Electronic senses to touch us all

By Catherine
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Written by Catherine Bolgar

Five Senses

The next trend in industry is taking B2B to B2C. Industrial products and services have long been in a league of their own—too big, too dangerous or too expensive for consumers. Promoting something as “industrial strength” has long implied that it’s as serious as you can get.

Industrial strength is moving beyond cleaners and into new areas. New technology is making industrial machines smaller and more affordable. That’s most vivid in information technology, where computing power that once only governments and large corporations could afford now sits in the palm of your hand in the form of a smart phone.

The challenge for industry in the future lies in continuing to innovate for business while also finding consumer applications.

There’s no B2B business any more. What people care about is the C—the consumer. B2B will be driven by B2C: how can I access a C?” says Jean-Christophe Mifsud, president and chief executive of Alpha MOS SA, a Toulouse, France, company that makes electronic sensors which replicate three of the five senses: sight, smell and taste. MOS stands for multi-organoleptic systems, or systems that give information about a substance through taste, sight, smell and touch.

Electronic senses offer advantages such as not having to use humans for what may sometimes be unpleasant or even dangerous tasks, as well as consistency. “The mission of the company was to avoid any subjectivity from analysis to the production floor and then to customers,” Dr. Mifsud says.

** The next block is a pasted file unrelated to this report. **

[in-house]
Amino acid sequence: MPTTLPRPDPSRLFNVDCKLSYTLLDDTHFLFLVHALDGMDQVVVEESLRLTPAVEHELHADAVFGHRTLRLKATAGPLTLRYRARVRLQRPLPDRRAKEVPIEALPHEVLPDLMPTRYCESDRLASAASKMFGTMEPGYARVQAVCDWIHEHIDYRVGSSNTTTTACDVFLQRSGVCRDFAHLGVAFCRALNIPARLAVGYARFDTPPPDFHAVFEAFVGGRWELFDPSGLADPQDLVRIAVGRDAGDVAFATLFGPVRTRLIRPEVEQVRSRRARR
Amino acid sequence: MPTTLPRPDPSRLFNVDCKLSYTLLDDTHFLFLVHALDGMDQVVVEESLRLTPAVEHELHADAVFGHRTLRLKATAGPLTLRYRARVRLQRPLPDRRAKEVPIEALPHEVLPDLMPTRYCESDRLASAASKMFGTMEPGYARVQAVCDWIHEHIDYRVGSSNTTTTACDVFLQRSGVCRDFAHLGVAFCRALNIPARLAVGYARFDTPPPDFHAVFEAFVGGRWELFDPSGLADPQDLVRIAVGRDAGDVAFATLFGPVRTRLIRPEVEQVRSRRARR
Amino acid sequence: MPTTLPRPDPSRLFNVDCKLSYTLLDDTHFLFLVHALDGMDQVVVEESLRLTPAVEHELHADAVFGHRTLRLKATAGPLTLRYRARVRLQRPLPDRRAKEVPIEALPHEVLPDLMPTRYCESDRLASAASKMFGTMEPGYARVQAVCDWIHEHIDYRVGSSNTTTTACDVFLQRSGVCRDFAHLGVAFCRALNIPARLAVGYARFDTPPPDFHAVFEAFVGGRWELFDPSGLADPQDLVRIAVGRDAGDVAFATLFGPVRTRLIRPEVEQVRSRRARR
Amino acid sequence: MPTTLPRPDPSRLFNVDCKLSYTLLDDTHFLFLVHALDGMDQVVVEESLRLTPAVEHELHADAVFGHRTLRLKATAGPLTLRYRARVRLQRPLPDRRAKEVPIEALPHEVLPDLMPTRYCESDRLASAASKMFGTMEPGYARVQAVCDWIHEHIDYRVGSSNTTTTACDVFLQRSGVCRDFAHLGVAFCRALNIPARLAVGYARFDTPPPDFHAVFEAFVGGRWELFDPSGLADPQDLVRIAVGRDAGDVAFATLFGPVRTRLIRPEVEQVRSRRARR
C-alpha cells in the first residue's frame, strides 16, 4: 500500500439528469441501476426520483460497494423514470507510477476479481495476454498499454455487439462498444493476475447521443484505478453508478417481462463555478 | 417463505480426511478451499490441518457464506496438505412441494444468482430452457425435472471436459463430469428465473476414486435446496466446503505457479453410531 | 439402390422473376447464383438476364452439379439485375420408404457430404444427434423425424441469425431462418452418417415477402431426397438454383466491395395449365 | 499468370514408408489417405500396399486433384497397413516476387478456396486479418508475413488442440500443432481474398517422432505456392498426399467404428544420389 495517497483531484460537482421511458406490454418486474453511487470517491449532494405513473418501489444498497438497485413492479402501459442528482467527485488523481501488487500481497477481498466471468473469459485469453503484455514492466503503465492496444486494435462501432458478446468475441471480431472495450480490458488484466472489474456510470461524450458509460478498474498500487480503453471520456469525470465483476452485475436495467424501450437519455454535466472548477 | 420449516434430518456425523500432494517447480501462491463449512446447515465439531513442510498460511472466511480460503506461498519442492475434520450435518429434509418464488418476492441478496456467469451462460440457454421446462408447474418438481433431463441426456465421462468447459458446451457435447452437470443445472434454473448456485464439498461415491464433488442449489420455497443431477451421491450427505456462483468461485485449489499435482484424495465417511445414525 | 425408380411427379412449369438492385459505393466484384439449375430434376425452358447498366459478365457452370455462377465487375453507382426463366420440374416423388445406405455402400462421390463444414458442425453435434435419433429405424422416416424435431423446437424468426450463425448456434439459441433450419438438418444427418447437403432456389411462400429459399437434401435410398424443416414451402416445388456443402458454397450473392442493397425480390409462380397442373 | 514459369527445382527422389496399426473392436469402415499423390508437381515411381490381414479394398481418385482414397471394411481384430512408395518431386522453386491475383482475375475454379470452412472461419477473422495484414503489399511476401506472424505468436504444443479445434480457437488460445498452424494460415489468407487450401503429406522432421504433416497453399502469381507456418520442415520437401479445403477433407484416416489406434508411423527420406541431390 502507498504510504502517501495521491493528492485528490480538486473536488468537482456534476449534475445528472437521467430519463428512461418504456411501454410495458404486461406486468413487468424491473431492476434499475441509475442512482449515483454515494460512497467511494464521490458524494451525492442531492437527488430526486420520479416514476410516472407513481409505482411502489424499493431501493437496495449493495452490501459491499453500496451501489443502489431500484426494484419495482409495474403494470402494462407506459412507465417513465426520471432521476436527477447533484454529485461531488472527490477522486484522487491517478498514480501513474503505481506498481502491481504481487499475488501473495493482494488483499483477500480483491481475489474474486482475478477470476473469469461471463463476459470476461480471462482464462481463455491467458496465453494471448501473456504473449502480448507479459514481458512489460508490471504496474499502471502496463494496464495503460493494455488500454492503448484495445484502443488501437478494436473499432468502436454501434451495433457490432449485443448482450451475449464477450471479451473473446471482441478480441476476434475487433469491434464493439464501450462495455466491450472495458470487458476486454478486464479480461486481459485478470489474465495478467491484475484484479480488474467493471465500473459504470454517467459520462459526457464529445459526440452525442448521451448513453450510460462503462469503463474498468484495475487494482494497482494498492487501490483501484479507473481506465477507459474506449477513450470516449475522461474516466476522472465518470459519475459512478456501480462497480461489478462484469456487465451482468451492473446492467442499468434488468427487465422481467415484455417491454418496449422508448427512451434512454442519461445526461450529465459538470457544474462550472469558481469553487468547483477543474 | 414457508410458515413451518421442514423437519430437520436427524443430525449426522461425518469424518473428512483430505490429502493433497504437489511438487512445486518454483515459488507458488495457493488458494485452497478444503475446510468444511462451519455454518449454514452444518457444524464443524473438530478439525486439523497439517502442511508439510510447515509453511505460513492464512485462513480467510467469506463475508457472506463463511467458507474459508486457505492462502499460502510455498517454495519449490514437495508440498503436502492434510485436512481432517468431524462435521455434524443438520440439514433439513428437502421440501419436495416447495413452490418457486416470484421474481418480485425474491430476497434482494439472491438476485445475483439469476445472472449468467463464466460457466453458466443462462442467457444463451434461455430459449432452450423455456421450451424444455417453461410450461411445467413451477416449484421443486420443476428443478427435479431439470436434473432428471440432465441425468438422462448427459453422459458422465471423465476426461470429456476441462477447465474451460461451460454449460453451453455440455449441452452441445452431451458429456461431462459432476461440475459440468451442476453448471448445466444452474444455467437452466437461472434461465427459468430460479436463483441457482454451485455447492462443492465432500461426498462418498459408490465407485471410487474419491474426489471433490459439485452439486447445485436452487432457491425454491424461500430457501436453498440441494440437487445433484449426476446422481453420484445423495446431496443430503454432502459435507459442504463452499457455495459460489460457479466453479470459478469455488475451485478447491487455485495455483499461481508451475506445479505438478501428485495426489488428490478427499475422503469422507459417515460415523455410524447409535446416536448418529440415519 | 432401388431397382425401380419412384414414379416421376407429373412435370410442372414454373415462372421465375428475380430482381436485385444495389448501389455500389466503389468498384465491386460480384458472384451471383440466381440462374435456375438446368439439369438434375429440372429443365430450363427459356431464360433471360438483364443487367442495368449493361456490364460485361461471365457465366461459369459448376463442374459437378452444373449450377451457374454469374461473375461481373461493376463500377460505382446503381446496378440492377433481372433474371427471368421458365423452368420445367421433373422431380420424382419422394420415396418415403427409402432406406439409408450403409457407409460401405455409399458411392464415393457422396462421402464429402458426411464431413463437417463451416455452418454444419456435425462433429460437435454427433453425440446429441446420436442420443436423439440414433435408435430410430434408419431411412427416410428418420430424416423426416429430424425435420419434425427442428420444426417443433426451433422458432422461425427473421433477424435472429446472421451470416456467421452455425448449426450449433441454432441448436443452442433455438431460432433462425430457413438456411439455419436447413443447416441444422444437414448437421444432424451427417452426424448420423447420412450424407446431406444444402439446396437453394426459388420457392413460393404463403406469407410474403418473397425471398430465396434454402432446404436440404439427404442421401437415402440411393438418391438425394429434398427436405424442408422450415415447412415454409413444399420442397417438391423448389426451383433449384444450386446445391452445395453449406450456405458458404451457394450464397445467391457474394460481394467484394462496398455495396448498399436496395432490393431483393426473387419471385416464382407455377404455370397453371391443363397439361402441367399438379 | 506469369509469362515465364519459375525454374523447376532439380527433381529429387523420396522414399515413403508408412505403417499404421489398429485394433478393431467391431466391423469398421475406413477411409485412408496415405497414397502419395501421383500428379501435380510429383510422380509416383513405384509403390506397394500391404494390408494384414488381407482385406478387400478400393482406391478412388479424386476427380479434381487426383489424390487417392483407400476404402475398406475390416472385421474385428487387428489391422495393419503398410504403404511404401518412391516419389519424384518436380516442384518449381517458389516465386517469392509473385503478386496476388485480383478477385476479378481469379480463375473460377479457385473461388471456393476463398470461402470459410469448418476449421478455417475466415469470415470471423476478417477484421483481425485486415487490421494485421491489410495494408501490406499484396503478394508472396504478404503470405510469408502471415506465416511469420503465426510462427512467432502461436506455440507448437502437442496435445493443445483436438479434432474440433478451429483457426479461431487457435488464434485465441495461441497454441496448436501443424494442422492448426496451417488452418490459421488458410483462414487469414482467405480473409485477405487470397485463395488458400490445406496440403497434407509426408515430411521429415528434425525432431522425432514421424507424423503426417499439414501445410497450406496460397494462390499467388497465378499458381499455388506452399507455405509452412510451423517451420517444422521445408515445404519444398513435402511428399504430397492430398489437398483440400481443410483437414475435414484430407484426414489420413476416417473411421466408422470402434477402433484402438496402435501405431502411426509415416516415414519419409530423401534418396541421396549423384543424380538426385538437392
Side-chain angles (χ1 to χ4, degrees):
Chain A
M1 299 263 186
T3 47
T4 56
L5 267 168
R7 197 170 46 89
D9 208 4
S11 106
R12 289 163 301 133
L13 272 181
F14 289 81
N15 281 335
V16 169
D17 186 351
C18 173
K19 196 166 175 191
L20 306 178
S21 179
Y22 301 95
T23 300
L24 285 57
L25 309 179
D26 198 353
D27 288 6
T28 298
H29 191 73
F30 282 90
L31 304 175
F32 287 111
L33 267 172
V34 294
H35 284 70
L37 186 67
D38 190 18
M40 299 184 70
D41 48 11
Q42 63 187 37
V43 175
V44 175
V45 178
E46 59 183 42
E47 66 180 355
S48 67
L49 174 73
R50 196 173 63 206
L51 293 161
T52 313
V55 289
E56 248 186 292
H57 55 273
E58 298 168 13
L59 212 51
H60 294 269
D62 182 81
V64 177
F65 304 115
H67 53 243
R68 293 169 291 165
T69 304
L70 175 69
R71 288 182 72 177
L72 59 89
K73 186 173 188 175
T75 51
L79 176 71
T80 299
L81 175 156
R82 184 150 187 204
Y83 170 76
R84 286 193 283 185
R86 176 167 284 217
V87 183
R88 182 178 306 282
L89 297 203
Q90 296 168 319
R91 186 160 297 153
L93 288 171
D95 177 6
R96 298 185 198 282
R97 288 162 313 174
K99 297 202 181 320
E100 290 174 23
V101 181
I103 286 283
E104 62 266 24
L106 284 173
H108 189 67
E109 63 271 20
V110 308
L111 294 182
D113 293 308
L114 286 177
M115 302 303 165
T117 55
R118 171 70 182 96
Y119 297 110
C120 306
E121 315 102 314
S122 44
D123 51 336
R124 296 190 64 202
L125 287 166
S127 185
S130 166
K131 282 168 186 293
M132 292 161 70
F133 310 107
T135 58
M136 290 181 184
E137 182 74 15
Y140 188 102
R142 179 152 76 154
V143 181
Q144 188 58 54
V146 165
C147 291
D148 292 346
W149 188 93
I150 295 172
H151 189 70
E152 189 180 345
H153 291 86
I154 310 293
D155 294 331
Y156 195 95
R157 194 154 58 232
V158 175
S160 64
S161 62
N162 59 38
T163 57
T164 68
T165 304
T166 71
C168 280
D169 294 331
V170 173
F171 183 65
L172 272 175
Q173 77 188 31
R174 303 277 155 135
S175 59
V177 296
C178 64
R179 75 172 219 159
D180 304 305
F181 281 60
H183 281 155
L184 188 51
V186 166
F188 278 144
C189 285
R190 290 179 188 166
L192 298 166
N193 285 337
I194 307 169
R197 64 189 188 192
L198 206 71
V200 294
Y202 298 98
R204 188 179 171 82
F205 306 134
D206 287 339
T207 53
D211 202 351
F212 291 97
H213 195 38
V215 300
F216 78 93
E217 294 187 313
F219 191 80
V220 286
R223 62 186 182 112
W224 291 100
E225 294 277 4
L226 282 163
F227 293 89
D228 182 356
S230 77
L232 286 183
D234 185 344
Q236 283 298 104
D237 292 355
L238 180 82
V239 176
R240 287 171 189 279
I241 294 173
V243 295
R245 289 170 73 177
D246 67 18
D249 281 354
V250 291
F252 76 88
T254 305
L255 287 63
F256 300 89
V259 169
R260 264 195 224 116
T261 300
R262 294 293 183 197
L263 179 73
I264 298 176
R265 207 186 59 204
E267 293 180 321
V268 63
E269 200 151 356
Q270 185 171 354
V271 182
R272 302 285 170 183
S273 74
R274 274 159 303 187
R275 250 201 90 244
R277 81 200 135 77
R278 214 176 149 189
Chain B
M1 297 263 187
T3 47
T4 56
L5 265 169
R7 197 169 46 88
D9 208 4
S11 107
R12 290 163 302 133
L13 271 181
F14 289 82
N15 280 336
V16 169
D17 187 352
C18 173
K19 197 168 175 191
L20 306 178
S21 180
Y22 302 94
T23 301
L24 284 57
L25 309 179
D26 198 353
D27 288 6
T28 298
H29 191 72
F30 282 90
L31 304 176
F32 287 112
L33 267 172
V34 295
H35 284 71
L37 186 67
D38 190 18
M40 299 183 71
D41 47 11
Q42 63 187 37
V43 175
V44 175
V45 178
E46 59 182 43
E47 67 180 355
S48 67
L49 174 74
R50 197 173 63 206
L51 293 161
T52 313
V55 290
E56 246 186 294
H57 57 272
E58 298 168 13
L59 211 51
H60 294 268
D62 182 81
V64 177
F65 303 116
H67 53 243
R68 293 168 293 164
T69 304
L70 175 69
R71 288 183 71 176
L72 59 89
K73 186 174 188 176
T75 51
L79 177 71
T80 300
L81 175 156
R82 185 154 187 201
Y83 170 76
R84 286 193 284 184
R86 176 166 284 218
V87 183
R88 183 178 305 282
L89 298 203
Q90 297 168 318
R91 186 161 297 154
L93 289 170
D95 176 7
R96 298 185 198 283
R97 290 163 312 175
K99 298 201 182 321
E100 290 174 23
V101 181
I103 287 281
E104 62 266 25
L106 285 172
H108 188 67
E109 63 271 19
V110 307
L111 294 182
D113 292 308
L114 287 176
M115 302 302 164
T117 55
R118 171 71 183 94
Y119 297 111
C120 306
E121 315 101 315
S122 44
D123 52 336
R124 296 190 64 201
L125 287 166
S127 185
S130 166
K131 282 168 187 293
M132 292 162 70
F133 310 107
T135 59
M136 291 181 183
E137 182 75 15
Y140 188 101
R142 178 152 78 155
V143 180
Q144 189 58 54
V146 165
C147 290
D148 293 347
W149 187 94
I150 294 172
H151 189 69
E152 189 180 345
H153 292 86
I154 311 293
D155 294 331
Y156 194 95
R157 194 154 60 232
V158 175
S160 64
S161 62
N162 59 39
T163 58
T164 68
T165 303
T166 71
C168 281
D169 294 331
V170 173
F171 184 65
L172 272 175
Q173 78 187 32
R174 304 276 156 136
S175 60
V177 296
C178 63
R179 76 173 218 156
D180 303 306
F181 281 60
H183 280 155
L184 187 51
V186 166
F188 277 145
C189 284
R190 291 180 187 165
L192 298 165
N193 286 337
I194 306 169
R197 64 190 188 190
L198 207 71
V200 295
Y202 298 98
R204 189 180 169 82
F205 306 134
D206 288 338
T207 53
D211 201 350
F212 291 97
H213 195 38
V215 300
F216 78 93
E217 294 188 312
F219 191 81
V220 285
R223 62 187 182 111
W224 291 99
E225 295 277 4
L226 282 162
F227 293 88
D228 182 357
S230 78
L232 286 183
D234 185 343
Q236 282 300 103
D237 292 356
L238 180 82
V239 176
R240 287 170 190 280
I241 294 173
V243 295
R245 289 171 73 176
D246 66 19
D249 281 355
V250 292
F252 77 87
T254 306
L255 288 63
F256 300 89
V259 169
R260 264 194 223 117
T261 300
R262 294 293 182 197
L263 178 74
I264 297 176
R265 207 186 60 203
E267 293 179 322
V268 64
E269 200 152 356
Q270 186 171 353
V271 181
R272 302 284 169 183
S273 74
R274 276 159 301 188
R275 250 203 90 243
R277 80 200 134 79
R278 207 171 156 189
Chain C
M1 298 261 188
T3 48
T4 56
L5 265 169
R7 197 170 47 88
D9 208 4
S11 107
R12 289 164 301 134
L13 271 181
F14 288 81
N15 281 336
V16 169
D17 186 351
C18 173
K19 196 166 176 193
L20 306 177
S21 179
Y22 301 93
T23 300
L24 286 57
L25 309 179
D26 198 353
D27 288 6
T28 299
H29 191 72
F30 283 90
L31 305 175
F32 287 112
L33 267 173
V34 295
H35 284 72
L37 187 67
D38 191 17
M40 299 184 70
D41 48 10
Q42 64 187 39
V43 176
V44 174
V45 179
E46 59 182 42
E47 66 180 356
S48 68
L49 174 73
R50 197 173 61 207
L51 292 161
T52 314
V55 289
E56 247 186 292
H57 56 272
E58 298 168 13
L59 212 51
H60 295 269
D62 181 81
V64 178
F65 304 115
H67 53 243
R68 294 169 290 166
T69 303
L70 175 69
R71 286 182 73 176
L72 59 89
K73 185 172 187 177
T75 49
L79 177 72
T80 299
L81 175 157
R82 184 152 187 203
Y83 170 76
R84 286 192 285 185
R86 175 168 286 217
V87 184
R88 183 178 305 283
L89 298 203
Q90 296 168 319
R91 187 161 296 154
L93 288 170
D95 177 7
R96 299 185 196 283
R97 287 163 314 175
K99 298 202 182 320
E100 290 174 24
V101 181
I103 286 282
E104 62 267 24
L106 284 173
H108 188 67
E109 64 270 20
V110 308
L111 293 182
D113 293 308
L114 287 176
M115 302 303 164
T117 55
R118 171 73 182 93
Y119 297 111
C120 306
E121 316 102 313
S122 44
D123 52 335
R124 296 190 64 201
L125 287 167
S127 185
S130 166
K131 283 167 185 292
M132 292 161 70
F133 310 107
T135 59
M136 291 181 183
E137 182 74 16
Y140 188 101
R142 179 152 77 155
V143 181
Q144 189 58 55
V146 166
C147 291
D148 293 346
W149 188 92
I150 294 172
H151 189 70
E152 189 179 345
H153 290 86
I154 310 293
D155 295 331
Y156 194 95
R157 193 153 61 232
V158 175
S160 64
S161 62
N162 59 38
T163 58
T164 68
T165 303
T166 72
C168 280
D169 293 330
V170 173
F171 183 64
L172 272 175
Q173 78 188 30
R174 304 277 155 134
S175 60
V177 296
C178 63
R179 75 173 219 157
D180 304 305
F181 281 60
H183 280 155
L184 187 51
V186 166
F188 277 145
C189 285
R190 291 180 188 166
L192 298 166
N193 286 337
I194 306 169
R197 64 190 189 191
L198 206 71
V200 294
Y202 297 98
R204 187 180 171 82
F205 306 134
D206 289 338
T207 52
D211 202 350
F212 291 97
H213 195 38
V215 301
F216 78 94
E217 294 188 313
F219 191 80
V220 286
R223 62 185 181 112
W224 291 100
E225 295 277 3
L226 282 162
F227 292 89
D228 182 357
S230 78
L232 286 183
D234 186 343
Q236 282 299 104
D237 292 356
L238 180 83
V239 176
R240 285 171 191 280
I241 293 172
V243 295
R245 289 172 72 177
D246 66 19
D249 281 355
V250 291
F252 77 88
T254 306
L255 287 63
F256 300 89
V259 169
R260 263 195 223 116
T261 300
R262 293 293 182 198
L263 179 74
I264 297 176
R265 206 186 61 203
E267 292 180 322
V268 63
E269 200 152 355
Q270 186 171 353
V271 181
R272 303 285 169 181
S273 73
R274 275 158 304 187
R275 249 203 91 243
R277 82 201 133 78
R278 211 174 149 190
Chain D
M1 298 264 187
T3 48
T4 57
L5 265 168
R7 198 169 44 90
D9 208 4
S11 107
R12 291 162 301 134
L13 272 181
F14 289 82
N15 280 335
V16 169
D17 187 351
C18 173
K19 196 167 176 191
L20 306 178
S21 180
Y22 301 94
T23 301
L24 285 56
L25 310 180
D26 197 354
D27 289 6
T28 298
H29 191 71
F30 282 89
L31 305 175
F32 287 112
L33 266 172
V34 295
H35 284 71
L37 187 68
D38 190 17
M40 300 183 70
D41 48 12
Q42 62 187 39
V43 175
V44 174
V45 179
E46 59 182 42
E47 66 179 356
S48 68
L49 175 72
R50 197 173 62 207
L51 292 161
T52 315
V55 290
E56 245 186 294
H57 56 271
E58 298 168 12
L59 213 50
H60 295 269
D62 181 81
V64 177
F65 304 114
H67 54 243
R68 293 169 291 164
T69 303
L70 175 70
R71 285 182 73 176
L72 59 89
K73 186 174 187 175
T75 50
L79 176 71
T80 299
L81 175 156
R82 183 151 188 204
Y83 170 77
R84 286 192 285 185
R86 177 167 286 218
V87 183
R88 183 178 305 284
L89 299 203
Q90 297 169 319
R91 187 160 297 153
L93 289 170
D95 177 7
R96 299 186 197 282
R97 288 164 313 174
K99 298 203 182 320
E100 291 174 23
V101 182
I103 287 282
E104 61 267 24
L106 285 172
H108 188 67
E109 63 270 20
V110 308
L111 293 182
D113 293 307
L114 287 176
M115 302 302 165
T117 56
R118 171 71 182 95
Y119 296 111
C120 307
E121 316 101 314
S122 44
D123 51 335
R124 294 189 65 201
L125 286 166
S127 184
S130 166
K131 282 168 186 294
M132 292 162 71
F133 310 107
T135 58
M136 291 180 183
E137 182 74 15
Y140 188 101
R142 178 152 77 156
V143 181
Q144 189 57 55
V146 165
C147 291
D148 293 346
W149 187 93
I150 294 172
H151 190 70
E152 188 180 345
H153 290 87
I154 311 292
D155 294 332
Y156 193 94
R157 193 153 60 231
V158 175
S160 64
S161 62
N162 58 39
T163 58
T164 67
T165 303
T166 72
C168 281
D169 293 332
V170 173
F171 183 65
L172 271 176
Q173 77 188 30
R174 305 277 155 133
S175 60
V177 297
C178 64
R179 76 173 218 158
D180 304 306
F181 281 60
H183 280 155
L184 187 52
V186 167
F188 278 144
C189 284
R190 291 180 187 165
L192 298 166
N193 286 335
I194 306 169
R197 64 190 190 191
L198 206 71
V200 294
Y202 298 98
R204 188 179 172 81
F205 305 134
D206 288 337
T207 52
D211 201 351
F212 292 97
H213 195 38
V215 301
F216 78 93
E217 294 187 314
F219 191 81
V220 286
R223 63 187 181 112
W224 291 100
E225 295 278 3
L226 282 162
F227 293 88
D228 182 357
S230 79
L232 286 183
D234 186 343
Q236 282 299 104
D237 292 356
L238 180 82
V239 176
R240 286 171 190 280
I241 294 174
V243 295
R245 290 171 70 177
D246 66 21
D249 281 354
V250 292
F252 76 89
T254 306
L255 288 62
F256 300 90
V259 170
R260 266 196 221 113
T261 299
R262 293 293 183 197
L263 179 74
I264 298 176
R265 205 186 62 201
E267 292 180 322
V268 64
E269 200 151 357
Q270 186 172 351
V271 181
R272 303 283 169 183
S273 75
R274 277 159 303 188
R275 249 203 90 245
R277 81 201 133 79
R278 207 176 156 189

nose of dog

Up to now, electronic senses have had straight industrial applications, Dr. Mifsud says. The food, beverage, pharmaceuticals, plastics, packaging and environmental industries have clear uses for electronic senses. They can detect when flavors or odors in food are “off,” and if there has been contamination or migration of compounds from plastic packaging into content. MOS odor sensors also can control how fast a flavor is diluted, ensure quality-control, or reverse-engineer an aroma. Its electronic tongues can assess things like bitterness, whether a taste remains stable over time, or whether a product has been adulterated.

In the “very short-term future,” he says, sight, taste and smell sensors will be available to new industries to incorporate into their own products, or for individuals directly.